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Zika virus disease is usually a mild viral illness. The virus is in the same family as West Nile, Dengue, and yellow fever. The virus is transmitted by mosquitoes (Aedes albopictus)also known as the Asian tiger mosquito. This species of mosquito currently circulates in the Southern part of North America, Central America, the Caribbean, the Northern parts of South America, and parts of Africa and Asia. The Asian tiger mosquito can also transmit dengue and chikungunya viruses. It is similar to CMV in that once you have had it you cannot get it again, it is a mild viral syndrome, but it can be devastating if a pregnant woman becomes infected. The Zika virus can be spread by mosquitoes, by sexual contact, and from mother to child while pregnant. If a pregnant woman contracts Zika, her baby is at risk of brain damage (microcephaly).

ACNM


ACOG

CDC

  • Zika Pregnancy Hotline: 770-488-7100
  • Travel Counseling Guide for Pregnant Women: This guide provides recommendations for providers counseling pregnant women who are considering travel to areas with risk of Zika. It includes recommendations from CDC’s updated interim guidance and talking points to cover during discussions with patients.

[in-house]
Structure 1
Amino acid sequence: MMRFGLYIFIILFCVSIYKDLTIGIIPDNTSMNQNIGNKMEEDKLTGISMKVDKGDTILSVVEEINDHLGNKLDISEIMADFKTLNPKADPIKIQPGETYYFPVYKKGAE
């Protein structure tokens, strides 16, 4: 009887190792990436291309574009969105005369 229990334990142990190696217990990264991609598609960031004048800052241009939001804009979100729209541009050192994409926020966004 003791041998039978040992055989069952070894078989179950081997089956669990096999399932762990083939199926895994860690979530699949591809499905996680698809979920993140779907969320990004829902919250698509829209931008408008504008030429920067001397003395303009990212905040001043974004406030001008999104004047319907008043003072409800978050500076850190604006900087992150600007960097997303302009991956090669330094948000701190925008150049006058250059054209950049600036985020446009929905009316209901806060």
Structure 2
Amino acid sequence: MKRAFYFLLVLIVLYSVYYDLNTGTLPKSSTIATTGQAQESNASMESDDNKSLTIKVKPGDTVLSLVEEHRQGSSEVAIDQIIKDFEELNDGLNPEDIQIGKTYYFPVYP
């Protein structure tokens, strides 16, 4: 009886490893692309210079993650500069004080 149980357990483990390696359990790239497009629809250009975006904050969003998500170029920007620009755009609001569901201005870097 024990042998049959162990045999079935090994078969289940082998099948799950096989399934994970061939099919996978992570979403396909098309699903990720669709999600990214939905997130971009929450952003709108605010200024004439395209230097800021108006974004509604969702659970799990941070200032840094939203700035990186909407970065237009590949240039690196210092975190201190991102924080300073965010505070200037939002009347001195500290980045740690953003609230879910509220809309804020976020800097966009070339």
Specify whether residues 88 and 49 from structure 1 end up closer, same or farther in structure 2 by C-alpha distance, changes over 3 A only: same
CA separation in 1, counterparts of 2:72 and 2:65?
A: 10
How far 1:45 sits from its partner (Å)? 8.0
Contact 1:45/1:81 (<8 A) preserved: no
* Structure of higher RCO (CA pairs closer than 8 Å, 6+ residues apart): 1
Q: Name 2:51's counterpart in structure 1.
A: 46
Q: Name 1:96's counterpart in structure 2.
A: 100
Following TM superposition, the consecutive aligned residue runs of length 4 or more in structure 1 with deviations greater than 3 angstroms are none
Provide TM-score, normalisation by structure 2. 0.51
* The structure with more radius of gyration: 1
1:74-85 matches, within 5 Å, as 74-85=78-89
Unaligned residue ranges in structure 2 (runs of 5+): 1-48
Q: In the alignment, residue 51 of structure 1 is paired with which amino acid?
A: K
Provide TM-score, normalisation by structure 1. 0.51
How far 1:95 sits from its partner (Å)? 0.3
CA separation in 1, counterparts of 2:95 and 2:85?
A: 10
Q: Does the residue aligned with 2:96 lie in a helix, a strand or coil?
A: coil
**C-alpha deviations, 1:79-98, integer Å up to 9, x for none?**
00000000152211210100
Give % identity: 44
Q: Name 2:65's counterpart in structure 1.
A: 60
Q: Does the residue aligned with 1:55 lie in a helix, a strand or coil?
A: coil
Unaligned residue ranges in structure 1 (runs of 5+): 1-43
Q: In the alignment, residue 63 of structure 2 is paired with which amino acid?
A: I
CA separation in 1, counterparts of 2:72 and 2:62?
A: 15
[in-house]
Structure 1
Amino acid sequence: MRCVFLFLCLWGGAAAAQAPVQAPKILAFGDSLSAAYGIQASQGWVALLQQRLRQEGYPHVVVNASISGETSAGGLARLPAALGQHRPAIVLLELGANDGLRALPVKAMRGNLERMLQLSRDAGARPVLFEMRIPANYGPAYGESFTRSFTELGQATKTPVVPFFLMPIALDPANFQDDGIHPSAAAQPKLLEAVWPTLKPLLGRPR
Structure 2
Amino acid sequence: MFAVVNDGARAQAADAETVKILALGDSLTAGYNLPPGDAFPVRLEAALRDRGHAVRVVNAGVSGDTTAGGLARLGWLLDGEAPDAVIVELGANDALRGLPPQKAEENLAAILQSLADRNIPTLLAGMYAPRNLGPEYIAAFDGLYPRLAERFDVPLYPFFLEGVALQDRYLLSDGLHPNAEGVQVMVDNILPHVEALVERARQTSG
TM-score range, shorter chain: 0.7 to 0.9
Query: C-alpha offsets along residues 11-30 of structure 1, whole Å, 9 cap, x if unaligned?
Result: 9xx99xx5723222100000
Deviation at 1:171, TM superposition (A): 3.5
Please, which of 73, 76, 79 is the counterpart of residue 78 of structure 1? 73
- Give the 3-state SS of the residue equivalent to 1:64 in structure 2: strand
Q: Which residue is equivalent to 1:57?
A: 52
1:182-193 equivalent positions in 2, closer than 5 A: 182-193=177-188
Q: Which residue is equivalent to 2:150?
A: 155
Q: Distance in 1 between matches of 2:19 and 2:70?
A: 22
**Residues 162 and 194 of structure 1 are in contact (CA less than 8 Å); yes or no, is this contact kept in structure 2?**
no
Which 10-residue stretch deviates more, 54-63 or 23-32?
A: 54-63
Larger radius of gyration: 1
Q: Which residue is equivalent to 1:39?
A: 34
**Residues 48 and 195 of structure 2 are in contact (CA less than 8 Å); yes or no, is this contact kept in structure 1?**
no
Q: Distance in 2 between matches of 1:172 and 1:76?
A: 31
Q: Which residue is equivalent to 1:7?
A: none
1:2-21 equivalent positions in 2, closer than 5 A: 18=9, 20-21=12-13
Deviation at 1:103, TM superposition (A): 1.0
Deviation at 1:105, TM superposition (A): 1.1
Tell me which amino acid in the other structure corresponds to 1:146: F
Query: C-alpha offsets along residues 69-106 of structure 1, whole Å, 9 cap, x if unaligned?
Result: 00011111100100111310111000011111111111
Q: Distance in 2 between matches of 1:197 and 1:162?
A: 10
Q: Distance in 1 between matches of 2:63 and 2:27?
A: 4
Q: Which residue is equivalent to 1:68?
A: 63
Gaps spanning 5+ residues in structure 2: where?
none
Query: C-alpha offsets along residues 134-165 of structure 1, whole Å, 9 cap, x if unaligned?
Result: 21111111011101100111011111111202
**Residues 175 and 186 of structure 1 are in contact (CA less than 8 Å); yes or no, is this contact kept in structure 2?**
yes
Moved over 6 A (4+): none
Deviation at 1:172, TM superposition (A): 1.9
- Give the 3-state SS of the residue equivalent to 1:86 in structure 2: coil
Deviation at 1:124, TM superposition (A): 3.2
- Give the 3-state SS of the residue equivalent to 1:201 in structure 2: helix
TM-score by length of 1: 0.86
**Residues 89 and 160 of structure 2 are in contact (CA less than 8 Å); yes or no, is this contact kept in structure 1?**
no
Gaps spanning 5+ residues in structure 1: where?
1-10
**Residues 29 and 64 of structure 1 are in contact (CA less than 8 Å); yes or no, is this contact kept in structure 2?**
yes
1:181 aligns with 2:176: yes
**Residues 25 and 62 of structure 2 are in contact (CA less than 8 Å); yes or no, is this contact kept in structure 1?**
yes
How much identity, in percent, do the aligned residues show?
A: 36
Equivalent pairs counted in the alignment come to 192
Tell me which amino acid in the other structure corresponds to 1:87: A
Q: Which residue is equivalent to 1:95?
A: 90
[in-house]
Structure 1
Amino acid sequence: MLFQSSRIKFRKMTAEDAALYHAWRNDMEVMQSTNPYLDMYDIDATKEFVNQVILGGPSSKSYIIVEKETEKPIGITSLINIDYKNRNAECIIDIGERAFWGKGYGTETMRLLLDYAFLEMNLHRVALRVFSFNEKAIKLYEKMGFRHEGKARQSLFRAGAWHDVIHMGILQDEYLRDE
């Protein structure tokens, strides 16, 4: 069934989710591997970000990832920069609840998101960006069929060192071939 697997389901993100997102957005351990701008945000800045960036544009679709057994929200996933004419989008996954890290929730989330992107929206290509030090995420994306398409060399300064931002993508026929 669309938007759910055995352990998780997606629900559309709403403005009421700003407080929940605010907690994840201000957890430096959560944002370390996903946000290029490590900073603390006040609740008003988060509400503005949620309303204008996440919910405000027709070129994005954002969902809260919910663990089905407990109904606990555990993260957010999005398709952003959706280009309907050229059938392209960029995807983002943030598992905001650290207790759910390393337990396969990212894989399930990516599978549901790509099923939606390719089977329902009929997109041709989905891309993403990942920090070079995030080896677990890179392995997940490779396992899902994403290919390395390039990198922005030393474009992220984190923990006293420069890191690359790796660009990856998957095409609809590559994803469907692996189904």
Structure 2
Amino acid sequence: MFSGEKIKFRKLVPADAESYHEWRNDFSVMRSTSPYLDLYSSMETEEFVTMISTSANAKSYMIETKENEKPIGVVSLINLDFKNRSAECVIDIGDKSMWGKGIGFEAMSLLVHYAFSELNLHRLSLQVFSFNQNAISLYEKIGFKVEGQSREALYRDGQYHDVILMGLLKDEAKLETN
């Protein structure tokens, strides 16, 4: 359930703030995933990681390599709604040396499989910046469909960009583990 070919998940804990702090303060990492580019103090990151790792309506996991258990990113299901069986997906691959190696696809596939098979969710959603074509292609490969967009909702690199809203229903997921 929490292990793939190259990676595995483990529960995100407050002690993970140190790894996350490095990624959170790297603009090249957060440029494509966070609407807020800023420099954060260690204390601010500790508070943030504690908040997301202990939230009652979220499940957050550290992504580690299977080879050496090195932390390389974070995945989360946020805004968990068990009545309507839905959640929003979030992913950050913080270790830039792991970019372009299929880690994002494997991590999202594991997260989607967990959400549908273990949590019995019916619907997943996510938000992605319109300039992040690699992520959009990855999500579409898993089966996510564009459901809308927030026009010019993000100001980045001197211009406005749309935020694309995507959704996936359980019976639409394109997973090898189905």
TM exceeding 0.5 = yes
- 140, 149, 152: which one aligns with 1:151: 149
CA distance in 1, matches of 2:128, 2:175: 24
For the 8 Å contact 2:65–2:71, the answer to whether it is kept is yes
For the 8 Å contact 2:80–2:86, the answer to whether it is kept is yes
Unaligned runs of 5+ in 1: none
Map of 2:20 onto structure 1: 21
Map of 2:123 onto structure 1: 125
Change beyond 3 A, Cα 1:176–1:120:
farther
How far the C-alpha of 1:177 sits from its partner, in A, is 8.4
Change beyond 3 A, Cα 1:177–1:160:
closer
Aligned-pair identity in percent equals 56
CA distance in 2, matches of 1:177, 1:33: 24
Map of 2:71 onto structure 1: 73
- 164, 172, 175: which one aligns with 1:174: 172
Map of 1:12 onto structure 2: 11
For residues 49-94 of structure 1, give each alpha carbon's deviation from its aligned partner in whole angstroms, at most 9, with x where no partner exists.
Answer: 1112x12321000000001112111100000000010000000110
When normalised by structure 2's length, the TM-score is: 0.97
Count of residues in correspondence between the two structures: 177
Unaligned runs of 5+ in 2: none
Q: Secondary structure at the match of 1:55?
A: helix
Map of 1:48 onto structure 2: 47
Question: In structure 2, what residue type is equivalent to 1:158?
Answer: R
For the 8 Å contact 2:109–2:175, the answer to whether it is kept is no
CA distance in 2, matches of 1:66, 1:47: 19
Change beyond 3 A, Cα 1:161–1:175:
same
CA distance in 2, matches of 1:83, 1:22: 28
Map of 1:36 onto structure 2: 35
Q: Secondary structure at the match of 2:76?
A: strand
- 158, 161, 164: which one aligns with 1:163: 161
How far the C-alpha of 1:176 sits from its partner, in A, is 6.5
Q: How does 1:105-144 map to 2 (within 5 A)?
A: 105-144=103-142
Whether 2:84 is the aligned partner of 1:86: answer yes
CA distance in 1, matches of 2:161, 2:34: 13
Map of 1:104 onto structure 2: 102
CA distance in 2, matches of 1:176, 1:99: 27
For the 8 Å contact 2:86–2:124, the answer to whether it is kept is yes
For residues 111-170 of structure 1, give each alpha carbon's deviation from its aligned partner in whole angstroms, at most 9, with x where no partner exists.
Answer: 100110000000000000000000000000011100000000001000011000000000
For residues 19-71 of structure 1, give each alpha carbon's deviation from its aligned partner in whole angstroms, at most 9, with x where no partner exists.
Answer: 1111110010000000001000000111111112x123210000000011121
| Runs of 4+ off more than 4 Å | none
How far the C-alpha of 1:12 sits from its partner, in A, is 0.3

• Features from the Frontline: The following stories share some of the critical work that state and local health agencies have conducted to protect pregnant women, infants, and the community at large form the threat of Zika. View the links below to learn more.


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American College of Nurse-Midwives.
8403 Colesville Rd, Suite 1550 | Silver Spring MD 20910
Phone: 240-485-1800 | Fax: 240-485-1818
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